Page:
Oyonale
Cloud generator (POV-Ray)
by Oyonale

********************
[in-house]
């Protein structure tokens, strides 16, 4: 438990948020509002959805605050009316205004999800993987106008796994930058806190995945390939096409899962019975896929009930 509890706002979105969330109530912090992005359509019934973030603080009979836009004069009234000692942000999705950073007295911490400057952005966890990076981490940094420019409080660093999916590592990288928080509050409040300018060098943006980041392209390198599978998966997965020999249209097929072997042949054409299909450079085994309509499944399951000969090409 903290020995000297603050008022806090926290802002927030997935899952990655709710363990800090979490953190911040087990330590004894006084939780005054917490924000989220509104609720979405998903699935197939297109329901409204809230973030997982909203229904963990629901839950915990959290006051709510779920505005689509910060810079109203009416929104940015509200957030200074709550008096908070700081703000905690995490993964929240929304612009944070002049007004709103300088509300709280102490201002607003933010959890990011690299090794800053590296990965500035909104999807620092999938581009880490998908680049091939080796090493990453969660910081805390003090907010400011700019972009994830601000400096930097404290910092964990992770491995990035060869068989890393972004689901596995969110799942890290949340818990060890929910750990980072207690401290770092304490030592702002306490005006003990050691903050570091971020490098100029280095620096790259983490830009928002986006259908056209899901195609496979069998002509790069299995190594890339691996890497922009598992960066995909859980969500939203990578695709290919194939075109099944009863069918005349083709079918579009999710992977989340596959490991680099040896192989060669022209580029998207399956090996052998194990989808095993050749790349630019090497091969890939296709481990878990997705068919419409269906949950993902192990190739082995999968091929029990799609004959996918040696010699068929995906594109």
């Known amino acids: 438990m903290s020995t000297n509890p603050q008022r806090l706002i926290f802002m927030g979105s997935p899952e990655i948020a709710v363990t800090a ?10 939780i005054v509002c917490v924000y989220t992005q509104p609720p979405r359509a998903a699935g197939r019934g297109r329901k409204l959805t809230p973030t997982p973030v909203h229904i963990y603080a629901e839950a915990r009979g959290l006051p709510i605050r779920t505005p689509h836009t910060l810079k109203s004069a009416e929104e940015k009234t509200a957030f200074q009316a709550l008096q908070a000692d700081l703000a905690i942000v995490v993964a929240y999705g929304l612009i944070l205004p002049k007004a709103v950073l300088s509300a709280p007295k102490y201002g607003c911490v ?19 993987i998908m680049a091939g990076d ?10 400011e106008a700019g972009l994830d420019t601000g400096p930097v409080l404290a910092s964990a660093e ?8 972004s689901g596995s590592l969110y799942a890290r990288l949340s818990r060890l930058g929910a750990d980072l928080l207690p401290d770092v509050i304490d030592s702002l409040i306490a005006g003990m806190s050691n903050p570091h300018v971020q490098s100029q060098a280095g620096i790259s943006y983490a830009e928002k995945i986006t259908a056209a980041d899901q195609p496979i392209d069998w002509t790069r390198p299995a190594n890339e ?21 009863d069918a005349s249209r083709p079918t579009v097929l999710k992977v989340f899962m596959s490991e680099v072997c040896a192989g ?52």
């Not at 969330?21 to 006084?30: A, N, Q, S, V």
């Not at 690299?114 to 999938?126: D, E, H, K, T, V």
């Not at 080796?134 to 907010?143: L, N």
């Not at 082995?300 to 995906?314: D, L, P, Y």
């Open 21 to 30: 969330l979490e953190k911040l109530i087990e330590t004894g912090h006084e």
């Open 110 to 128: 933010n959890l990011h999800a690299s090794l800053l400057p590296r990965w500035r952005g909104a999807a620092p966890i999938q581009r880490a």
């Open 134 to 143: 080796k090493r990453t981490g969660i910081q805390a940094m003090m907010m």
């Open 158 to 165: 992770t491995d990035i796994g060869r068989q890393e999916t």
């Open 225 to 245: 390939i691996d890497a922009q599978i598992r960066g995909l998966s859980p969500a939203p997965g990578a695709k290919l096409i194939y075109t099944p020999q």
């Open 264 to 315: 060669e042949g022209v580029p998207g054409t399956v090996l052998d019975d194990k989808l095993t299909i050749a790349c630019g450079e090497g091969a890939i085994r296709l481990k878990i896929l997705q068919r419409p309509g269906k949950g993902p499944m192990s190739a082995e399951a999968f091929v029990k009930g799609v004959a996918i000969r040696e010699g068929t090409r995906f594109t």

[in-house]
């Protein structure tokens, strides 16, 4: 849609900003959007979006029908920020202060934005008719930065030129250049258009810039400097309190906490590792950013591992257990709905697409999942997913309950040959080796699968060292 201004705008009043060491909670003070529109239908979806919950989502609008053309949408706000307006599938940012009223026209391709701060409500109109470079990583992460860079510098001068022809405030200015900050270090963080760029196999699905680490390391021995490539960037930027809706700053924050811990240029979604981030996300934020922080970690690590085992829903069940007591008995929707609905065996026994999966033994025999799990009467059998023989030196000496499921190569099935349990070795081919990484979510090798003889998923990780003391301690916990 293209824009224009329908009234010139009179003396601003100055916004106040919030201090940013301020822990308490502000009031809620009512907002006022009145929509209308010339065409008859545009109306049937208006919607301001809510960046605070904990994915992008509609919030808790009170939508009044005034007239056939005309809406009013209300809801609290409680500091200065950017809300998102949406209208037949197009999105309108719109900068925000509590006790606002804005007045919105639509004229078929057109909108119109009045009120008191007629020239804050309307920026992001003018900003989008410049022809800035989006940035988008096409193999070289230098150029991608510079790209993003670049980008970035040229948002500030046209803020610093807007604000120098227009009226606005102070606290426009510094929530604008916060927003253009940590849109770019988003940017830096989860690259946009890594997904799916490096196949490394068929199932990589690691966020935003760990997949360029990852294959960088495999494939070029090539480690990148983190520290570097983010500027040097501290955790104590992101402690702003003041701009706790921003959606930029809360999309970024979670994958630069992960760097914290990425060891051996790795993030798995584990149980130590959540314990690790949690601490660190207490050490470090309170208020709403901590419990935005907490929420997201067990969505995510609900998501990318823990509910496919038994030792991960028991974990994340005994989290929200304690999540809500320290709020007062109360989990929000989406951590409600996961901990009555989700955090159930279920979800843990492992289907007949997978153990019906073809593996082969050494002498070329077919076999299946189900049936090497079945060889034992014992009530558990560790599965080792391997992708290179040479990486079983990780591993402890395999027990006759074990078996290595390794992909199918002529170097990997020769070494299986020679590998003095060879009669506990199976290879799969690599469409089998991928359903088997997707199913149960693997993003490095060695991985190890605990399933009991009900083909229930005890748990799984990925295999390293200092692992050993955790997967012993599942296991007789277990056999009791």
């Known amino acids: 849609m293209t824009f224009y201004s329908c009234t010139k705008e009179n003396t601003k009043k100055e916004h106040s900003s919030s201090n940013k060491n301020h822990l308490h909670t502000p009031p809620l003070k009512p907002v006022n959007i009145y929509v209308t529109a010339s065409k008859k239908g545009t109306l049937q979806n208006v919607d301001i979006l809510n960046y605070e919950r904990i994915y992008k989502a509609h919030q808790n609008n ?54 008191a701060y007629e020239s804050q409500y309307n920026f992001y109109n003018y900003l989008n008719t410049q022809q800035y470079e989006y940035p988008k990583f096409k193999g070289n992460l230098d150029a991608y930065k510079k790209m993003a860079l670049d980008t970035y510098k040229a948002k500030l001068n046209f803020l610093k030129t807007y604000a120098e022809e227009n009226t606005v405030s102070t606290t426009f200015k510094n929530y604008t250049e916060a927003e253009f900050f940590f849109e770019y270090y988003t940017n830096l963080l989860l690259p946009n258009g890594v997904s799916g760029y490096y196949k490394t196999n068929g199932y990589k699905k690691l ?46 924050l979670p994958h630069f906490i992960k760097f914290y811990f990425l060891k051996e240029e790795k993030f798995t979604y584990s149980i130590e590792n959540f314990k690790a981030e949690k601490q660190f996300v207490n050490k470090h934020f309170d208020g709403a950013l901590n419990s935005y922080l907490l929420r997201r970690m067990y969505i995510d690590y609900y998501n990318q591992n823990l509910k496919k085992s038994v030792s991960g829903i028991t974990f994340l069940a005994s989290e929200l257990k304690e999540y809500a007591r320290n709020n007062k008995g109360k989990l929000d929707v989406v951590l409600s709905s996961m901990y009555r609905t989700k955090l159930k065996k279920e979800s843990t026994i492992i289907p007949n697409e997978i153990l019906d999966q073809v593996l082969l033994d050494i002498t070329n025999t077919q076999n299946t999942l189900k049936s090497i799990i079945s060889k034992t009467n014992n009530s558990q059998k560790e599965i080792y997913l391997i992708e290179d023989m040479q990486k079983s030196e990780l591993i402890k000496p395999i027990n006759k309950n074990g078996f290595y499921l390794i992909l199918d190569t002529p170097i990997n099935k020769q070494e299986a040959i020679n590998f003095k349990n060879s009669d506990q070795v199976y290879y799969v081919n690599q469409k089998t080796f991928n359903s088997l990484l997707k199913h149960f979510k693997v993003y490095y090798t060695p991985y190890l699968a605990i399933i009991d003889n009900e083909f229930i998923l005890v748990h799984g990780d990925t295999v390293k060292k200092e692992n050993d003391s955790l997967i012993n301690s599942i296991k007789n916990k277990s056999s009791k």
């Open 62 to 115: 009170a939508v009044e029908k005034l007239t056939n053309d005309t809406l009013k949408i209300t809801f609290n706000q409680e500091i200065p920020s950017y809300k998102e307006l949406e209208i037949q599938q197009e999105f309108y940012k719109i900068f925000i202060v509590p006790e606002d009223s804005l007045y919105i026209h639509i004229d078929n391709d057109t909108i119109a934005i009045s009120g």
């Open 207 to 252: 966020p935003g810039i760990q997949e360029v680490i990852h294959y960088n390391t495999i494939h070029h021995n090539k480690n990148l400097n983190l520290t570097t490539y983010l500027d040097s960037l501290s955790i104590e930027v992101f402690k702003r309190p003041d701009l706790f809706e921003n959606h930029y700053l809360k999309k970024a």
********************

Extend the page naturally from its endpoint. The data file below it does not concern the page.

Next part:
Media based on density files (df3) tend to render much faster than procedural-based media and still interact nicely with lighting. For this reason, df3 files can be used to create realistic cloudscapes, and particularly ones impossible to create with other methods.In the download section below you will find complete scenes (written in pure POV-Ray script) and the corresponding df3 files. These scenes took between 3 and 6 hours to render at 1600x600 or 800x600 on my P4 1.7Gz (with the exception of "Sunset 2" which took 35 hours, probably because it uses an extra light source), which is quite fast considering that they all use radiosity and many "slow" features such as other media and isosurfaces. The clouds themselves took 1-2 hours depending on the scene.The MakeCloud macros help create df3 files such as the ones used in these scenes. These macros work as follows: they create a 3-dimensional black and white pigment in the x-y plane that defines the shape of a single cloud. This pigment is moved along the z axis, so that, when the macro is rendered as an animation, each frame (in TGA format) corresponds to a "slice" of the pigment (like in a tomography scan), as shown in the picture below (10 frames, z axis in red)The main difficulty consists in creating a credible cloud shape and the two macros use different methods:Makecloud1.pov uses a procedural pigment (a function with some turbulence). It is quite fast and can be used for very fluffy, turbulent clouds.Makecloud2.pov first creates a 3d cloud object (a blob) and then uses this object as a pigment. It is slower than Makecloud1 but much more flexible, and it gives more compact clouds.See the macros' headers for usage and meaning of parameters.To produce the df3 file from the TGA bitmaps, the tga2df3 utility is required:tga2df3 for Windows (courtesy of PodD)tga2df3 for Linux (courtesy of ZeSly)The df3 file is put in a box as follows (the scattering and absorption values are just examples):#declare C_Cloud=White*0.7;#declare C_Scattering=C_Cloud*0.004;#declare C_Absorption=(1-C_Cloud)*0.0005;#declare Cloud=box{-0.5,0.5    texture{pigment{Clear}finish{ambient 0 diffuse 0}}    hollow    interior{        media{            scattering{1,C_Scattering extinction 0.3}            absorption C_Absorption            intervals 3            density{                density_file df3 "cloud2_1.df3"                turbulence 0.15 // mostly useful for MakeCloud2 clouds, which are not created turbulent                lambda 2.1                omega 0.8                interpolate 1                translate -0.5                scale <1,-1,1>            }        }    }    scale <4/3,1,1>} NotesThe df3 files in the demo scenes have been rendered with 90 or 99 frames at 512*384 pixels:  +w512 +h384 +ft +a +kff99When testing the clouds, use intervals = 1. It should be quite fast but will look a little rough. Use intervals 2 to 4 for smoother results in the final (slower) render.POV-Ray reads df3 files upside down, so it is necessary to scale them by <1,-1,1>Using different light_groups for the clouds and the rest of the scene may be necessary (see the makecloud2 demo scenes).For MakeCloud1 clouds, turbulence is part of the df3. For MakeCloud2 clouds, turbulence is added in the media statement.LimitationsOne of the reasons why df3 clouds are fast is (probably) that the density values are precomputed. The other is that each cloud is in its own box. In fact, it should be possible to get more speed by using a smaller container, at least if the cloud isn't too turbulent. The cloud box technique has 2 important drawbacks though:Boxes must not overlap: if you see vertical lines in the middle of a cloud, it is probable that another cloud is overlapping. This is (very slightly) the case with the MakeCloud1 demo scene. This prevents the df3 cloud boxes from being used for dense cloud covers where they should be overlapping. One could theoretically put several media df3 in a bigger box, but then the render times start climbing up.The clouds projects shadows on the objects below, but as the media is constrained in the cloud box it is not currently possible to have beautiful rays of light passing through the cloud. Of course, one can see what happens by putting a cloud in a larger box filled with scattering media, but again the render times won't be very nice. In fact, I even tried to fake this by putting a simple half-transparent box under the cloud (see the Makecloud2_demo_rain.pov file) but it just clogged my computer...Also, the cloud shapes in Makecloud1 and Makecloud2 are still far from optimal and people are invited to experiment with other methods. One particular issue is to keep the bottom of the cloud flat... In real life, the top of a cloud can get quite turbulent and fluffy even when its bottom is completely flat. MakeCloud2 can extend the cloud vertically but it doesn't work very well.Brief summary of the available methods to create clouds in POV-RayMethodPros (1)ConsPhoto backgroundFast ; easy to set up ; realistic by definition ; all types of cloudsPoorly scalable (2) because limited by the size of the photo ; requires photos that match the scene ; partial environments only ; doesn't interact with lighting (3) ; possible mismatch with 3D objectsTerragen backgroundFast ; scalable (Terragen images can be very large) ; relatively easy to set up for simple situations ; quite realistic ; possibility to model an entire environmentRequires a good knowledge of Terragen ; can be difficult to set up for complex situations ; limited to the skies Terragen can do (which can be quite recognisable) ; doesn't interact with lightingPigment on plane or sky sphere (entire sky)Fast ; very scalable ; can be realistic enough in certains situationsDifficult to set up ; doesn't interact with lighting ; useless for many cloud environmentsPigment on polygon (mimics a single cloud)Fast ; scalable ; realistic enough for some large cloudscapes of isolated clouds seen from a certain angleDifficult to set up ; doesn't interact with lighting ; useless for most cloud environmentsStacked planes with a partially transparent pigmentFast and scalable at screen resolution ; usually more realistic than the pigment method ; interacts with lighting ; good for dense cloud coversCan be slow to very slow when high resolutions are needed ; not very good for isolated clouds, like fair weather cumulusMedia (procedural using a pattern such as bozo or granite)Scalable ; can be very photorealistic, particularly when used in combination with other atmospheric media ; near-perfect interaction with lightingPainfully slow (too slow for large renders) ; very difficult to set up and test due to slowness ; not very goof for isolated clouds, like fair weather cumulusMedia (density file)Quite fast ; can be photorealistic ; partial interaction with lighting ; good for isolated fluffy clouds, like fair weather cumulusNot fully scalable ; can be difficult to set up ; requires the generation of df3 files and an external utility ; not usable for dense cloud covers(1) Pros and cons are relative, and counter-examples can certainly be found.(2) Scalable in this context means that the object or texture retains its aspect independently of the render size.(3) A cloud interacting with lighting should change its aspect according to the sun position, colour and intensity, and project shadows both on the media and objects below. All this can obviously be faked somehow when the basic technique doesn't support it.